On September 29, the Supreme Court 대법원 confirmed the lower court ruling that held the South Korean government responsible for the formation and operation of organized prostitution from the 1950s through 70s. The ruling ordered the government to pay reparations of KRW 5m (USD 3.5k) to each of the 95 former sex workers who filed suit in 2014.
Following the end of the Korean War in 1953, more than 200k U.S. soldiers—greater than the population of todays’ Pittsburgh—were stationed in South Korea. In the gijichon 기지촌 (“camp towns”), which survive in pockets in places near Camp Casey in Dongducheon, Gyeonggi-do Province 경기도 동두천, as many as 20k sex workers—the overwhelming majority of whom were young girls and women who lost their family in the war—serviced the GIs. In a country leveled by the war, sex work was a valuable source of income. By the early 1960s, prostitution in camp towns made up 25% of South Korea’s gross domestic production (GDP).
In a program reminiscent of Imperial Japan’s military sex slavery, South Korea’s right-wing dictatorship systematically operated the camp town sex trade. (The women involved in this program were also called “Comfort Women 위안부” in the Korean law regulating their hygiene.) In 1962, the Park Chung-hee 박정희 dictatorship established 104 special districts in which the law prohibiting prostitution was unenforced and entertainment establishments received tax breaks. The sex workers were registered with the government in an arrangement that resembled indentured servitude, and subjected to health check-ups to screen for sexually transmitted diseases.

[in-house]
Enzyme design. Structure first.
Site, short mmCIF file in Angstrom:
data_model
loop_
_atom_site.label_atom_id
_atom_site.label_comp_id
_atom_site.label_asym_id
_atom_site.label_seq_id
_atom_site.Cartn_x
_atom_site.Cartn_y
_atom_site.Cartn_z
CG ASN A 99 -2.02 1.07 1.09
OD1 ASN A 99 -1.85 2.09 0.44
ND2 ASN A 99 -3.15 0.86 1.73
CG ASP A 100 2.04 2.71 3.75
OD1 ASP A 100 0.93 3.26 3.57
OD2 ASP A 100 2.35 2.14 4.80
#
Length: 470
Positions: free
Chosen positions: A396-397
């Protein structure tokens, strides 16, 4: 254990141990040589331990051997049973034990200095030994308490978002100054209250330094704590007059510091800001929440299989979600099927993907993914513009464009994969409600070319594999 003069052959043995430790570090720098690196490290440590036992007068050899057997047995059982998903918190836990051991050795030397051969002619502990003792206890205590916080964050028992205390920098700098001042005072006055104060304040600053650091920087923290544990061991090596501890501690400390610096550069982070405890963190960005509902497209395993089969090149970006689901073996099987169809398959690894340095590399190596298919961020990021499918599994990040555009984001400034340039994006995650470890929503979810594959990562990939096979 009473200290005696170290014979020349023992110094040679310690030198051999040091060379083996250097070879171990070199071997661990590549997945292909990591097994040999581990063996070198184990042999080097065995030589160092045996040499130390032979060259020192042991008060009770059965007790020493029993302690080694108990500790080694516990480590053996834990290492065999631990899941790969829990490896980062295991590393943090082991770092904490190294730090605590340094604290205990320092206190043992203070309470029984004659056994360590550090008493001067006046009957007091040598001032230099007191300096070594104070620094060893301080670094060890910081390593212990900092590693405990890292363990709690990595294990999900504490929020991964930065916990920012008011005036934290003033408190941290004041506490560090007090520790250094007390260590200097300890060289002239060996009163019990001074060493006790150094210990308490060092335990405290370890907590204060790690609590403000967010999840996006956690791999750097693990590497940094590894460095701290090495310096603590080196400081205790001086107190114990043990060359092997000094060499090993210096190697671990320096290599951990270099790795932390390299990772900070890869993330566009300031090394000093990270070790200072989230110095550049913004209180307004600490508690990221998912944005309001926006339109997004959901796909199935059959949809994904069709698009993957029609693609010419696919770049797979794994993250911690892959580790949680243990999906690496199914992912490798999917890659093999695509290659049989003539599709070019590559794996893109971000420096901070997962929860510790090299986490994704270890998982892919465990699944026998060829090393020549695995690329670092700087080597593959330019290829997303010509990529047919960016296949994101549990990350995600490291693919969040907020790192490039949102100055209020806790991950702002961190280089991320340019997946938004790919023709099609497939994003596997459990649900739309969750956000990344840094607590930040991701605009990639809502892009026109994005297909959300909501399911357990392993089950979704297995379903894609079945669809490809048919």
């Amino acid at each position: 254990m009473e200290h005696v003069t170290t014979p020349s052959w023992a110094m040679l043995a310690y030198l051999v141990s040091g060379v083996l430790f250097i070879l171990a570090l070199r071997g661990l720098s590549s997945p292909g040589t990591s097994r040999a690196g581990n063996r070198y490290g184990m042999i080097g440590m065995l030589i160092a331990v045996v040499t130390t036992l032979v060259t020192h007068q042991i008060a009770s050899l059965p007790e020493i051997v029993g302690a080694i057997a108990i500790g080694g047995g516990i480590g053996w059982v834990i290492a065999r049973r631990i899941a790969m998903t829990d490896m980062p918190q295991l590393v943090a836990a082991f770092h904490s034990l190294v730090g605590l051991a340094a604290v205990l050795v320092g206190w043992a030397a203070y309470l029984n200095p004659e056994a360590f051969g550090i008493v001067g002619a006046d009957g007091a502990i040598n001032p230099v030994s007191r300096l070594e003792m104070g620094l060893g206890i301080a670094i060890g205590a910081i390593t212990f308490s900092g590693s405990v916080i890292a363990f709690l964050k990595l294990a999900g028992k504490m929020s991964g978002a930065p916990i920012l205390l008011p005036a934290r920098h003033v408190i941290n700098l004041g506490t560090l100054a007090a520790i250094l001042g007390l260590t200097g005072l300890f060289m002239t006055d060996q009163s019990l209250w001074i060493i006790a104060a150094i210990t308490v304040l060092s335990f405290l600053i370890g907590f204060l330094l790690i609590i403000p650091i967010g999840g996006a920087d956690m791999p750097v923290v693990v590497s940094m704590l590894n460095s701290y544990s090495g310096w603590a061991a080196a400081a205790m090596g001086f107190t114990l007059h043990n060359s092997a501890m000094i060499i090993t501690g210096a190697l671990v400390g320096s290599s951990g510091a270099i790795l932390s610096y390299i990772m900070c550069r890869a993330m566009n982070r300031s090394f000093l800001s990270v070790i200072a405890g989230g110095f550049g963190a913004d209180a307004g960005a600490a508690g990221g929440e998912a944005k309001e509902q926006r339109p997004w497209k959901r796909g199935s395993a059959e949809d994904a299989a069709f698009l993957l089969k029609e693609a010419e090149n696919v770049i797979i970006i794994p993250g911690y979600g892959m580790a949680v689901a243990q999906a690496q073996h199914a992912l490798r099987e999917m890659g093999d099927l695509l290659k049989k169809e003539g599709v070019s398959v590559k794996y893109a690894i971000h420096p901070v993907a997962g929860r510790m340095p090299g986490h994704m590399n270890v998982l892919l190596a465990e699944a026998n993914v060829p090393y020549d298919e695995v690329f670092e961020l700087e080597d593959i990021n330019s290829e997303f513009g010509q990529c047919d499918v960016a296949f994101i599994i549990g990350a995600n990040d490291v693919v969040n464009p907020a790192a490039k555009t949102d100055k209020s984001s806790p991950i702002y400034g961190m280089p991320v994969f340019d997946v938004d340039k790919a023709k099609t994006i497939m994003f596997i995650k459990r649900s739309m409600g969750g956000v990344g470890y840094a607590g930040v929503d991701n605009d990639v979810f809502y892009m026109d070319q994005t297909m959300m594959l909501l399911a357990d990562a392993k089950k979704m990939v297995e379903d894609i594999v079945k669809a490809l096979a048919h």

The health check-up often led to the worst episodes of human rights violations. The U.S. military could point out any sex worker who was suspected to be carrying STDs. The women then would be rounded up and placed into a quarantine facility, where they received hazardous doses of drugs in captivity. The U.S. soldiers referred to the quarantine facility in Dongducheon as “the Monkey House,” because of the screams of women demanding to be let out. In this prison-like condition, the women would sometimes be injured or killed from penicillin shock, caused by an excess amount of antibiotics administered by U.S. medics who were more focused on quashing the STDs than caring for the women’s health.
Journalist Tim Shorrock’s report for the New Republic vividly described the chilling experience of Gijichon sex worker:
‘A pimp sold me to a U.S. camp town,’ she recalled. ‘Inside a warehouse, I was raped. The police sent me to the Monkey House, where American medics gave us injections’ of penicillin and other drugs to prevent the spread of STDs. After her release, she was required to wear a plastic badge showing she’d been tested—‘cunt tags,’ she called them.